cell lines or increases cancers in whole animals is of particular
interest. Lymphocytes, a line of white blood cells, have been
reported to proliferate more rapidly under what are claimed to be
non-thermal conditions of irradiation. Spontaneous mammary cancers
and artificially induced lung and skin cancers in mice have been
said to increase under low power RF radiation applied over varying
periods up to ten months. Another study has found that the number
of spontaneous cancers in irradiated rats increases
The above examples, plus many others in the scientific
literature, are sufficient to arouse concern over possible health
consequences of non-thermal RF irradiation in the same range of
intensity or less than Australian and overseas standards. Why then
are non-thermal effects disregarded in the current standards?
The truth is that there is no scientific consensus on
non-thermal effects, and the literature overall reveals a highly
unsatisfactory state of affairs. The effects listed above represent
the most positive results; however, lack of confirmation is a
chronic problem. Many laboratories simply cannot replicate the
results of others, and negative results are difficult to have
published. One of the difficulties with this type of research is
that the experimental variables, e.g. radiation frequency,
orientation, method of modulation, etc. are numerous and very few
scientists seem to try hard enough to standardise others'
experimental conditions. Also, experiments which are claimed to be
non-thermal can be judged to involve local temperature changes or
irrelevant stress conditions. Non-thermal effects are frequently
not dose-dependent and therefore lack scientific credibility.
Lastly, there is still no universally accepted physical or chemical
mechanism to explain how RF radiation can interfere with animal
metabolism apart from heating effects. For example, the role of the
magnetic component as distinct from the electric field component,
if any, can only be guessed at.
At the Federal level there is a committee and a program dealing
with radiofrequency radiation and health.
The Committee on Electromagnetic Energy Public Health Issues is
located in the Department of Communications and the Arts. It is
made up of representatives from that Department, the Department of
Health and Family Services, The Australian Radiation Laboratory,
the Spectrum Management Agency, the Therapeutic Goods
Administration, AUSTEL and the CSIRO. The Committee's role is to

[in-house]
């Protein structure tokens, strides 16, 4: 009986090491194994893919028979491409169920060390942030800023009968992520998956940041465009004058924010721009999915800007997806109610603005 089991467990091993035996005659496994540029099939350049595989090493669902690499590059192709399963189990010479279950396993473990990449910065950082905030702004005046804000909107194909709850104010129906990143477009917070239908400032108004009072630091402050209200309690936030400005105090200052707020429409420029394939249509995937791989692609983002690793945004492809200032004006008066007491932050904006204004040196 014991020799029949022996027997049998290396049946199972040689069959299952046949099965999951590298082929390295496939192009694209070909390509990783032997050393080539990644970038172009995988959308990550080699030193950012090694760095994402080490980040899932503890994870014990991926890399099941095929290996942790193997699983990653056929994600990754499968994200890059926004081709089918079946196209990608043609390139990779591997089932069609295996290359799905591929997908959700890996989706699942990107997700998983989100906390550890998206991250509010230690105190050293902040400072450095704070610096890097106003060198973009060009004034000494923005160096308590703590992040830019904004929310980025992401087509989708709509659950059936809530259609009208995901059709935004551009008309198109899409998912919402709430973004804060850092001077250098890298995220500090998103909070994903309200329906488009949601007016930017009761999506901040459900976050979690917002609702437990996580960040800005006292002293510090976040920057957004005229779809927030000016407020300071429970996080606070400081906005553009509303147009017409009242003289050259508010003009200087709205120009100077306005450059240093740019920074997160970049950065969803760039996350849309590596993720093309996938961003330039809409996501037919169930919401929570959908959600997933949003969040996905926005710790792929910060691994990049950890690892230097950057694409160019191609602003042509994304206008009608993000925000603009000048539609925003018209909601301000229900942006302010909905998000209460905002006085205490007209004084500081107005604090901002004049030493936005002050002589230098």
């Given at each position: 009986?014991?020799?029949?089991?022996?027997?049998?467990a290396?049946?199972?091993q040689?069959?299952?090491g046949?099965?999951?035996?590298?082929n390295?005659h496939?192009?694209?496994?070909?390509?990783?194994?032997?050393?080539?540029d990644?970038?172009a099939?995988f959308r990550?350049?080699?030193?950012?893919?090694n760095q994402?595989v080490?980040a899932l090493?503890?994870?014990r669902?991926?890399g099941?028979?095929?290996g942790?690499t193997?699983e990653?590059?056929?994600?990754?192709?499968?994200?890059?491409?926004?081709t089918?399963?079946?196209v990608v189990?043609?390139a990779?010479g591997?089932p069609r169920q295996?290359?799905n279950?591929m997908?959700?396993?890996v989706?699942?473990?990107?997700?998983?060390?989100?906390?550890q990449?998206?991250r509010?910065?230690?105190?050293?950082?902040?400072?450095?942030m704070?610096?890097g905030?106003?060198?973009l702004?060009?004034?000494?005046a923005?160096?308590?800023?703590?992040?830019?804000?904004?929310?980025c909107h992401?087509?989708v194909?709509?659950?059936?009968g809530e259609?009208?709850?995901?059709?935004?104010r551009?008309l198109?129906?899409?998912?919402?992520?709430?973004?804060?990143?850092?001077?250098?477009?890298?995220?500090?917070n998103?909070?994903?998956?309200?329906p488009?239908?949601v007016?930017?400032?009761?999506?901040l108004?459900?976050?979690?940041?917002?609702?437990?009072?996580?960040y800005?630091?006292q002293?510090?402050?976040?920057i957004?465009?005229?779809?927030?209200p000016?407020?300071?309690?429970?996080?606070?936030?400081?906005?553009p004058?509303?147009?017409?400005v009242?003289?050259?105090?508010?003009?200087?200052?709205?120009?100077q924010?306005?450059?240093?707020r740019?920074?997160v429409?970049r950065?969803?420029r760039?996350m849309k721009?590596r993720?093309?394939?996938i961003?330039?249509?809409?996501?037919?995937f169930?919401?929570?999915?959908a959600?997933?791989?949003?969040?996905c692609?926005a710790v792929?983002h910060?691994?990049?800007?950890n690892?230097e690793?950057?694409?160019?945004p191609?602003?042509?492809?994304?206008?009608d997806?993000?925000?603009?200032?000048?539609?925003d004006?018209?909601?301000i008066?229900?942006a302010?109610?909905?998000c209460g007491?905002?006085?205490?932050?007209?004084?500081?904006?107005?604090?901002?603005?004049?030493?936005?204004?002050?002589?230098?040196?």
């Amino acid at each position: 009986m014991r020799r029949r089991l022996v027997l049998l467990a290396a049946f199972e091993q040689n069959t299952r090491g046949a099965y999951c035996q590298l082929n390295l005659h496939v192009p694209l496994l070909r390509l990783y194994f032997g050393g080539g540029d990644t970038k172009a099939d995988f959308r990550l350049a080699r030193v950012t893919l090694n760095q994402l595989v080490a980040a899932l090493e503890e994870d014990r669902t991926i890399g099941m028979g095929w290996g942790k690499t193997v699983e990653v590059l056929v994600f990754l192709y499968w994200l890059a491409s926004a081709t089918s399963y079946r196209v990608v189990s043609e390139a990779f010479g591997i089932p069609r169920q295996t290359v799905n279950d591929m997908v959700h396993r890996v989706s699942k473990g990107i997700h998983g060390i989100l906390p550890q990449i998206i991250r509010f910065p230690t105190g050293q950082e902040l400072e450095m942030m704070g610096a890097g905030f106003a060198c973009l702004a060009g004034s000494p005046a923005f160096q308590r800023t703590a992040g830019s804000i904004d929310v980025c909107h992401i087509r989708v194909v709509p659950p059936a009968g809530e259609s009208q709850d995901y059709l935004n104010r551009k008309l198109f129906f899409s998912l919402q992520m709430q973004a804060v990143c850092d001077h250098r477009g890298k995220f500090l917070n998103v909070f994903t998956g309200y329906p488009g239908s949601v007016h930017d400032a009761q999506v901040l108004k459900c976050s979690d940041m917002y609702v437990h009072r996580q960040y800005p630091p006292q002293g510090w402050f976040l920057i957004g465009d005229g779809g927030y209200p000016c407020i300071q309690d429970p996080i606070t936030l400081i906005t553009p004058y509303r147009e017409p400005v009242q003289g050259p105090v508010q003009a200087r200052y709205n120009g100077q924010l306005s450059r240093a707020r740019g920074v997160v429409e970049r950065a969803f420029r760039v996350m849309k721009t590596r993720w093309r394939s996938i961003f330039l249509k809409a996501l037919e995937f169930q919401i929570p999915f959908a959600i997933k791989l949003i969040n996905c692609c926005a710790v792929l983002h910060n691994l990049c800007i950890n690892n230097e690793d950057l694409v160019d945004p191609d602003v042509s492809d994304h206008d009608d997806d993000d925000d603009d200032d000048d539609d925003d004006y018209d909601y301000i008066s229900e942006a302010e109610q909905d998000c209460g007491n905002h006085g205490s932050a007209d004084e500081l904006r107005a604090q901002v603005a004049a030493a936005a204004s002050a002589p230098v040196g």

coordinate the $4.5 million Radiofrequency Electromagnetic Energy
Program announced by the Government on 15 October 1996. The Program
has three parts, namely:
- public education on radiofrequency health issues
- Australian participation in a World Health Program
- the setting up of a research program in Australia.
With regard to the research program, the Committee is preparing
a priorities paper which is intended to be released for public
discussion. When the priorities are finalised, it will be the
responsibility of the National Health and Medical Research Council
(NH&MRC) to manage the research, in the first instance by
calling for specific proposals.
Under the circumstances, the best approach for the NH&MRC
would be to encourage good quality research at low power
(non-thermal) radiation levels. Much more scientific effort has to
be invested in making the RF field respectable. While there is no
convincing evidence as yet that low power RF sources such as mobile
phone towers can increase the incidence of cancer, some caution is
warranted given that existing health standards are based on rather
narrow criteria, and that cancers often have a long lead time (as
for example, with asbestos and mesothelioma). Since the sum of less
than $4.5 million for research will not go far, a small levy on
every mobile telephone sold would help to speed up our
understanding in this area.
1. Barnett, S. B. CSIRO Report on the Status of Research on
the Biological Effects and Safety of Electromagnetic Radiation:
Telecommunications Frequencies. CSIRO Division of
Radiophysics, June 1994.
2. Hocking, B., Gordon, I. R., Grain, H. L. and Hatfield, G. E.
Cancer incidence and mortality and proximity to TV towers.
Med. J. Aust. December 1996, p. 601.
3. Australian Standard AS 2772.1 Radiofrequency Radiation Part
1: Maximum Exposure Levels-100kHz to 300 GHz. Sydney: Standards
4. Hocking et al., loc. cit.
5. HealthWiz. National health database. Commonwealth Department
of Human Services and Health. 1991-1996. Canberra: Prometheus Pty
6. Maskarinec, G., Cooper, J. and Swygert, L. Investigation
of increased incidence in childhood leukaemia near radio towers in
Hawaii: preliminary observations. J. Environ. Pathol. Toxicol.
Oncol. 1994: 13:33.
7. Salford, L.G., Brun, A., Eberhardt, J. L., Malmgren, L. and
Persson, R.R. in: Interaction Mechanism of Low-Level
Electromagnetic Fields in Living Systems. C. Ramel and B.
Norden, eds. Oxford University Press, 1992.